The Great Delay’s Impact On Office Leasing
Labor Day came and went, and the anticipated mass return to the office has yet to occur.
New Covid-19 cases started surging in July and have continued to do so past Labor Day weekend, leading companies to continuously delay their plans to bring employees back into the workspace
“Many employers want their employees to be in the office but at the same time, employees are pushing back for several reasons,” said Amber Gibson, vice president at Stream Realty Partners. “Most notably, they either have genuine fears for their health and safety or want the ability to work from home permanently because they have been doing so for the last 18 months.”
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What does this mean for the office leasing industry? According to Kastle Systems’ back-to-work barometer during the week of August 30, there is a 33.1% 10-city average occupancy rate.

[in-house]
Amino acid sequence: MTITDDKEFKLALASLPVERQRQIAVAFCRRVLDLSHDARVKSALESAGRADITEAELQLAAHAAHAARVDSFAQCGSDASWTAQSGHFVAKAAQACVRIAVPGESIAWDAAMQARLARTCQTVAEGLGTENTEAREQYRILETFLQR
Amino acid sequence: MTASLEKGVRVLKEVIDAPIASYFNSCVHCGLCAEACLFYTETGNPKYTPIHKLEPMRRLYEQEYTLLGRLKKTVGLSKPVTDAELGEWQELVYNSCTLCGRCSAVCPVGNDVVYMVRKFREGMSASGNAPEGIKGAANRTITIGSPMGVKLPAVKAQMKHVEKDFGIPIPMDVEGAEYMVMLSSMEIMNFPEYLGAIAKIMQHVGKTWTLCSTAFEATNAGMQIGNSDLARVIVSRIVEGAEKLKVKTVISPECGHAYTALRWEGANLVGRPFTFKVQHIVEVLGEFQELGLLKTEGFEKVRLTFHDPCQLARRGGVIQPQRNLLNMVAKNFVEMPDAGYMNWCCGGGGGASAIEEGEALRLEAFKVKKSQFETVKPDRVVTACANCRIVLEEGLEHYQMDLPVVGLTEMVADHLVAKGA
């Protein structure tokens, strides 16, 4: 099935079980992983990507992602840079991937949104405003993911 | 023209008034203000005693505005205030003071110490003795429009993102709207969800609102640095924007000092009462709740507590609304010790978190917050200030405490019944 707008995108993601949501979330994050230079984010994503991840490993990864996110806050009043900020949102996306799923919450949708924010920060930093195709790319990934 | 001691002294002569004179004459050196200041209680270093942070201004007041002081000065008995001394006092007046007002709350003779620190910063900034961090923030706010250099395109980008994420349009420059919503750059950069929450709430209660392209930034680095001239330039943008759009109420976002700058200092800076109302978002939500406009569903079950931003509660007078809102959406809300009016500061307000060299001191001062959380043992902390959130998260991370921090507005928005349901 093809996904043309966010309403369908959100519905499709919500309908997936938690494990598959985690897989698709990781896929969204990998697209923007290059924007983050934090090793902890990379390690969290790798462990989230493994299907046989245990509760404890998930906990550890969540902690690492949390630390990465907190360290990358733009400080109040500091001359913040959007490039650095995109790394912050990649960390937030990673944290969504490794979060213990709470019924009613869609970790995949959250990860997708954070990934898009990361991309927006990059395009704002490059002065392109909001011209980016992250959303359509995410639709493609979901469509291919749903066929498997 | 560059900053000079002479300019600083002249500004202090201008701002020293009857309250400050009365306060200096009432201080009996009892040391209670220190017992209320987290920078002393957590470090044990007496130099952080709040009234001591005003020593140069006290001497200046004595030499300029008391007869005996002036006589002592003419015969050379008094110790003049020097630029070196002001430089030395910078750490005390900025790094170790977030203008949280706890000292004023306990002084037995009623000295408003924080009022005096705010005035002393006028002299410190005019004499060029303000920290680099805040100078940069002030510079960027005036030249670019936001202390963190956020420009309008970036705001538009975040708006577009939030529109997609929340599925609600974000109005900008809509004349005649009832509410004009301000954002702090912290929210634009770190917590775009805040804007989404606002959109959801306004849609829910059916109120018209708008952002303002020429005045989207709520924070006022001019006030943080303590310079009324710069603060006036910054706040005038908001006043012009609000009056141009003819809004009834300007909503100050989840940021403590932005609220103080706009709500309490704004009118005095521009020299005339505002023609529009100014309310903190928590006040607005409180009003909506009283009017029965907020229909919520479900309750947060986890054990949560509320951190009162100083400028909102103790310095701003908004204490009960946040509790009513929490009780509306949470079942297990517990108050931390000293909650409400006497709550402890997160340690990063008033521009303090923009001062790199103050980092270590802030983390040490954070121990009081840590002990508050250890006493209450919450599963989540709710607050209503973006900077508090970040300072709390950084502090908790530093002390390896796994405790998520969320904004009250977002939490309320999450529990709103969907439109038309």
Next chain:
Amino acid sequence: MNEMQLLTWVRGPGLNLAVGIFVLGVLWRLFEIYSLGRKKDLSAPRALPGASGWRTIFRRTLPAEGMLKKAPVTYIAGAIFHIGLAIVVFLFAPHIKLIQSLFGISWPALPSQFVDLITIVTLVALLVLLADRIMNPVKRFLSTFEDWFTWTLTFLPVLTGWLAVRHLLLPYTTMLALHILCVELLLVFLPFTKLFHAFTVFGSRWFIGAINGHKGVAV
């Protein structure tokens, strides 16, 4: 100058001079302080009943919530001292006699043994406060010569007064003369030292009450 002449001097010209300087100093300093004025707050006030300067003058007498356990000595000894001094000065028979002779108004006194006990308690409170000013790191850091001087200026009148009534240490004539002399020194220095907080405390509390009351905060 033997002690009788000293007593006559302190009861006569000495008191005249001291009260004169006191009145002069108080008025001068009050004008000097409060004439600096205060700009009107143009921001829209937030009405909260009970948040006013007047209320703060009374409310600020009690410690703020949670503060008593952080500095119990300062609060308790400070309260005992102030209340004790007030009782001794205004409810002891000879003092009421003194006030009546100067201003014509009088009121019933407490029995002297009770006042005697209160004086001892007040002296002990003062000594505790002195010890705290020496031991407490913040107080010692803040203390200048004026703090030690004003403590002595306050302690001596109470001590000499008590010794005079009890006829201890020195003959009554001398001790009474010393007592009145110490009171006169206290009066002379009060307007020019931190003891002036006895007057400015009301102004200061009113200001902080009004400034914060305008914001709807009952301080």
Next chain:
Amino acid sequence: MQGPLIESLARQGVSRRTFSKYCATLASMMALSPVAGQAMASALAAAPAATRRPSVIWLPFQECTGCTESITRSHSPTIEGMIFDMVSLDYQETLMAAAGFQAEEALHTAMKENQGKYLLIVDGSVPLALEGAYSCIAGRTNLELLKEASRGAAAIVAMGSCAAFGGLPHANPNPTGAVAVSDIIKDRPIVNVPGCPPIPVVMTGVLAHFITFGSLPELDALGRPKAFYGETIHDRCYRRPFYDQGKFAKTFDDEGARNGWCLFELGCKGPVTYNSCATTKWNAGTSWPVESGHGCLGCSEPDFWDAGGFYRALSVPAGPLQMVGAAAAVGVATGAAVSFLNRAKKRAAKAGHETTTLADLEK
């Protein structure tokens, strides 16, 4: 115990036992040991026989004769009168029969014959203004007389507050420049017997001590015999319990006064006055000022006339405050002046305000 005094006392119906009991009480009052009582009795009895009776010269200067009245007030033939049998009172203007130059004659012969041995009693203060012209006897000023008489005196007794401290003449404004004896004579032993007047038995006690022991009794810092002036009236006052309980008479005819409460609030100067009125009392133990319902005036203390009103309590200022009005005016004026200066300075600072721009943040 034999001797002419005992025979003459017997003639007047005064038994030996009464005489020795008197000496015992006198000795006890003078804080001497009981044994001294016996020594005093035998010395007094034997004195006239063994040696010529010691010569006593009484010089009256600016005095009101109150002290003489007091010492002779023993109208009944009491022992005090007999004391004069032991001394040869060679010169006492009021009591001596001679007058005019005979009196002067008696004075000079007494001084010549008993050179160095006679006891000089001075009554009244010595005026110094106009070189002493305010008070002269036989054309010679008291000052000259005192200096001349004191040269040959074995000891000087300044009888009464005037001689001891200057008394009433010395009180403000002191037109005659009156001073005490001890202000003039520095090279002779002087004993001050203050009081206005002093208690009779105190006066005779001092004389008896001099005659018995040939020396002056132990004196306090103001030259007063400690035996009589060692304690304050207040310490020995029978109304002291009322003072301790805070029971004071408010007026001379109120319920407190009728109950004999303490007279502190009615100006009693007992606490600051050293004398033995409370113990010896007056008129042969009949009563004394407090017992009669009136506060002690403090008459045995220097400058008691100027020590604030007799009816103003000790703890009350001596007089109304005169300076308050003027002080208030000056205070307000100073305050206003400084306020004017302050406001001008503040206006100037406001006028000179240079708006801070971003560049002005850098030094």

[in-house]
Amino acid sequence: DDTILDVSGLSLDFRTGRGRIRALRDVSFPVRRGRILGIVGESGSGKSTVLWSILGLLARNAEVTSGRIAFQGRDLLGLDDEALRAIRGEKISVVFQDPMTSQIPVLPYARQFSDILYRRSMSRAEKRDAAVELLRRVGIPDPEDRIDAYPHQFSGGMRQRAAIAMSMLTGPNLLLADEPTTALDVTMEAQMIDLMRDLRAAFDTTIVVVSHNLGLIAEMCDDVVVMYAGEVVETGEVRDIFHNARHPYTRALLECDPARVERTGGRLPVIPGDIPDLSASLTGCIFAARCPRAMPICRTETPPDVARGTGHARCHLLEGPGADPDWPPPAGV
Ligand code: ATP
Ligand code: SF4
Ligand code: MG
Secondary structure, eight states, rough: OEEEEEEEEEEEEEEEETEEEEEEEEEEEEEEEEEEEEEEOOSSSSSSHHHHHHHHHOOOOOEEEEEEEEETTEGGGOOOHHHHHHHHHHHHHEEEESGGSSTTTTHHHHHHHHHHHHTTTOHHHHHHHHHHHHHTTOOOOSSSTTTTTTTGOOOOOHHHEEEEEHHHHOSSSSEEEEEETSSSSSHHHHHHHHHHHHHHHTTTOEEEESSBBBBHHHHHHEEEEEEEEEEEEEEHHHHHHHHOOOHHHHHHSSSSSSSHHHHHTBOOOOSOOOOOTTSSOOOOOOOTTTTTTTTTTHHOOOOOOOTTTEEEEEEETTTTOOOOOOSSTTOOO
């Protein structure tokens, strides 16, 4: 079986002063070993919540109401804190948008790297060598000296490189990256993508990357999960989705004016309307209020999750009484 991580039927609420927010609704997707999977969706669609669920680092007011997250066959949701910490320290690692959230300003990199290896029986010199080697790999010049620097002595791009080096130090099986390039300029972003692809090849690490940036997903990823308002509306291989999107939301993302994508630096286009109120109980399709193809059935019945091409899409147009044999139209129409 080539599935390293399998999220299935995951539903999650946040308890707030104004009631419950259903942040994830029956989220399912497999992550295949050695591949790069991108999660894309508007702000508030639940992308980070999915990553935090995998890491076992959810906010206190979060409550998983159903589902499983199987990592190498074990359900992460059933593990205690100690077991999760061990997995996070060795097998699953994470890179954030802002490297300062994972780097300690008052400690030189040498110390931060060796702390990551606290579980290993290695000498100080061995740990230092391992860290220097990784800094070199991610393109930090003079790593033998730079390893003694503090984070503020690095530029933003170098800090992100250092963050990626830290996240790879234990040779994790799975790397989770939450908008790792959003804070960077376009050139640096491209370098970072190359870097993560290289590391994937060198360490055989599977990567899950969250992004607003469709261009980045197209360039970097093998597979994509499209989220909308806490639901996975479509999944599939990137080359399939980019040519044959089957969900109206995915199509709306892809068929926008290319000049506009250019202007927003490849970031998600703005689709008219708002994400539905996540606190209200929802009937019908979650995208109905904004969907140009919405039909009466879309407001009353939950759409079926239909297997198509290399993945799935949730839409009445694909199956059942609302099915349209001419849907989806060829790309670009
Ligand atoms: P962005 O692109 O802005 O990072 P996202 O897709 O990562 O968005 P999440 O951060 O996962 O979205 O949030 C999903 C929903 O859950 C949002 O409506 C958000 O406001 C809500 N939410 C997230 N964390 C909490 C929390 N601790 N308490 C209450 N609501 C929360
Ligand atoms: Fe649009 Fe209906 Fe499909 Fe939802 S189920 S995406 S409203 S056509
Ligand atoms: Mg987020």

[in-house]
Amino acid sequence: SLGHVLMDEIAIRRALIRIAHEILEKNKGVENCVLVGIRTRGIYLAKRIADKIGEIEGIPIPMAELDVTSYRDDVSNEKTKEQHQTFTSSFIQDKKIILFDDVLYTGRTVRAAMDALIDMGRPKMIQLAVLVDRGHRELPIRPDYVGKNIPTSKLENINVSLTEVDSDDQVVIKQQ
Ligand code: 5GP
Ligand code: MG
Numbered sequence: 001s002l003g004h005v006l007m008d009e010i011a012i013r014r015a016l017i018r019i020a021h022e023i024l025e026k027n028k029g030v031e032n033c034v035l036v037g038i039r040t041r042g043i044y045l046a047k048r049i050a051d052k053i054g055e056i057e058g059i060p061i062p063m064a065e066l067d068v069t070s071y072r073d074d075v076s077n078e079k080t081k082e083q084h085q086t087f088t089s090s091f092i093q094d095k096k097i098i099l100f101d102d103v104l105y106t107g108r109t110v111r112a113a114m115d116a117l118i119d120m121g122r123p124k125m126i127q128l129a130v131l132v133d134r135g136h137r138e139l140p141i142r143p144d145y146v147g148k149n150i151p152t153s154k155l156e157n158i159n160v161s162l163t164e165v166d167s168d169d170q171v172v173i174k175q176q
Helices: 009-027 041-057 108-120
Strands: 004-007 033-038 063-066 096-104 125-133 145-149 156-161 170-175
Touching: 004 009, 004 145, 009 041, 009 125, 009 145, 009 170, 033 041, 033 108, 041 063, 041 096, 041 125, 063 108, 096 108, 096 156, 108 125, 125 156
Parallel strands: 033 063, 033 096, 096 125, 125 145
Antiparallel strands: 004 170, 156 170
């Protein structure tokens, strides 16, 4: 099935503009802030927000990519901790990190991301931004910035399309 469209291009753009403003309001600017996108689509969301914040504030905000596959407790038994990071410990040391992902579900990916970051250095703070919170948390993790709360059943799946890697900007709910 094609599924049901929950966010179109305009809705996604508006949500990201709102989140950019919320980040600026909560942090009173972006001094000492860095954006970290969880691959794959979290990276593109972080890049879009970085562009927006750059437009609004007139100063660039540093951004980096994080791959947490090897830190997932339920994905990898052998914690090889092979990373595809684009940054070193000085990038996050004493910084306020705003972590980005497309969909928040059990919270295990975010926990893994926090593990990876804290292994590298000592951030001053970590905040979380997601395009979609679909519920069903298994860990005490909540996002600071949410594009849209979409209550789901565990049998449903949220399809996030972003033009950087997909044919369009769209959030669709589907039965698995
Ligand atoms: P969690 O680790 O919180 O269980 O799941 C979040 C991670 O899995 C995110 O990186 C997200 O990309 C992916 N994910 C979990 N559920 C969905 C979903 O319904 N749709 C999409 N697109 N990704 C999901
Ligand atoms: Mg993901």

Although this data comes from just Kastle customers, other findings have indicated similar occupancy levels.
Even more, Vestian Chairman Michael Silver believes it will likely take a year or more for occupancy to fully recover, especially in major metro areas. Specifically, Silver predicts that occupancy rates will sit at 70% to 80% by the end of 2022.
This continued postponement has forced landlords and developers to adjust their revenue projections, and brace themselves for short-term leases in the near future.
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